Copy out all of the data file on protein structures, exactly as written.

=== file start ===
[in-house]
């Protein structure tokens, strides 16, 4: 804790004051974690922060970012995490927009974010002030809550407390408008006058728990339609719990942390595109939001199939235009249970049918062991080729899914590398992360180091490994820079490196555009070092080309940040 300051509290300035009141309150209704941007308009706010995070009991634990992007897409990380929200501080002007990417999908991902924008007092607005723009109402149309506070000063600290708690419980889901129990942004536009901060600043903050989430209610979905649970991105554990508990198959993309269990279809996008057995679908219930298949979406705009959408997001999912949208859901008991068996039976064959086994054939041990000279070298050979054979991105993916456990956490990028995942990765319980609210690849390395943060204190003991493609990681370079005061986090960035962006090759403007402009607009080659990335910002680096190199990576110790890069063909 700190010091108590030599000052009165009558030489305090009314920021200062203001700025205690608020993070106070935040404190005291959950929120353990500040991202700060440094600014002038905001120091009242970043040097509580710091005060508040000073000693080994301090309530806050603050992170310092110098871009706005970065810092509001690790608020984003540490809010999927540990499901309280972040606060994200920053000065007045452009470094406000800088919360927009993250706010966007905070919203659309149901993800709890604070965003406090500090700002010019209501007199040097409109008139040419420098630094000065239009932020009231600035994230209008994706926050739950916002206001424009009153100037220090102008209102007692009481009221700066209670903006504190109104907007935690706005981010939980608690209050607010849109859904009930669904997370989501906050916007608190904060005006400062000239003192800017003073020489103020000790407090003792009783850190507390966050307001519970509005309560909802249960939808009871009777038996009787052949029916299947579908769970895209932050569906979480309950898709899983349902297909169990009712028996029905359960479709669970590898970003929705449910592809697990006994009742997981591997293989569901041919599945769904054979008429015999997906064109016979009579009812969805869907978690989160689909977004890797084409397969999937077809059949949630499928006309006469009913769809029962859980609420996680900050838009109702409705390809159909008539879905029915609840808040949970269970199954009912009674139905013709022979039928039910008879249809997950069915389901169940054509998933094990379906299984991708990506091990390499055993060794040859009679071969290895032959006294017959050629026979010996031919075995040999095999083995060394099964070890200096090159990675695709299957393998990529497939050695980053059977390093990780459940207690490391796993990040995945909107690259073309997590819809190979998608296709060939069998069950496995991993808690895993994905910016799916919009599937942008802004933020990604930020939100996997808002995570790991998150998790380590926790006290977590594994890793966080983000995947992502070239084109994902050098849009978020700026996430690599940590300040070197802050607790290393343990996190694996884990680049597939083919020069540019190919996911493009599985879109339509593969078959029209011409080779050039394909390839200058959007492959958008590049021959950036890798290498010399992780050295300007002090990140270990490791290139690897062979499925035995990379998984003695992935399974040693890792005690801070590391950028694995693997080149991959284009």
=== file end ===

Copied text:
[in-house]
């Protein structure tokens, strides 16, 4: 804790004051974690922060970012995490927009974010002030809550407390408008006058728990339609719990942390595109939001199939235009249970049918062991080729899914590398992360180091490994820079490196555009070092080309940040 300051509290300035009141309150209704941007308009706010995070009991634990992007897409990380929200501080002007990417999908991902924008007092607005723009109402149309506070000063600290708690419980889901129990942004536009901060600043903050989430209610979905649970991105554990508990198959993309269990279809996008057995679908219930298949979406705009959408997001999912949208859901008991068996039976064959086994054939041990000279070298050979054979991105993916456990956490990028995942990765319980609210690849390395943060204190003991493609990681370079005061986090960035962006090759403007402009607009080659990335910002680096190199990576110790890069063909 700190010091108590030599000052009165009558030489305090009314920021200062203001700025205690608020993070106070935040404190005291959950929120353990500040991202700060440094600014002038905001120091009242970043040097509580710091005060508040000073000693080994301090309530806050603050992170310092110098871009706005970065810092509001690790608020984003540490809010999927540990499901309280972040606060994200920053000065007045452009470094406000800088919360927009993250706010966007905070919203659309149901993800709890604070965003406090500090700002010019209501007199040097409109008139040419420098630094000065239009932020009231600035994230209008994706926050739950916002206001424009009153100037220090102008209102007692009481009221700066209670903006504190109104907007935690706005981010939980608690209050607010849109859904009930669904997370989501906050916007608190904060005006400062000239003192800017003073020489103020000790407090003792009783850190507390966050307001519970509005309560909802249960939808009871009777038996009787052949029916299947579908769970895209932050569906979480309950898709899983349902297909169990009712028996029905359960479709669970590898970003929705449910592809697990006994009742997981591997293989569901041919599945769904054979008429015999997906064109016979009579009812969805869907978690989160689909977004890797084409397969999937077809059949949630499928006309006469009913769809029962859980609420996680900050838009109702409705390809159909008539879905029915609840808040949970269970199954009912009674139905013709022979039928039910008879249809997950069915389901169940054509998933094990379906299984991708990506091990390499055993060794040859009679071969290895032959006294017959050629026979010996031919075995040999095999083995060394099964070890200096090159990675695709299957393998990529497939050695980053059977390093990780459940207690490391796993990040995945909107690259073309997590819809190979998608296709060939069998069950496995991993808690895993994905910016799916919009599937942008802004933020990604930020939100996997808002995570790991998150998790380590926790006290977590594994890793966080983000995947992502070239084109994902050098849009978020700026996430690599940590300040070197802050607790290393343990996190694996884990680049597939083919020069540019190919996911493009599985879109339509593969078959029209011409080779050039394909390839200058959007492959958008590049021959950036890798290498010399992780050295300007002090990140270990490791290139690897062979499925035995990379998984003695992935399974040693890792005690801070590391950028694995693997080149991959284009």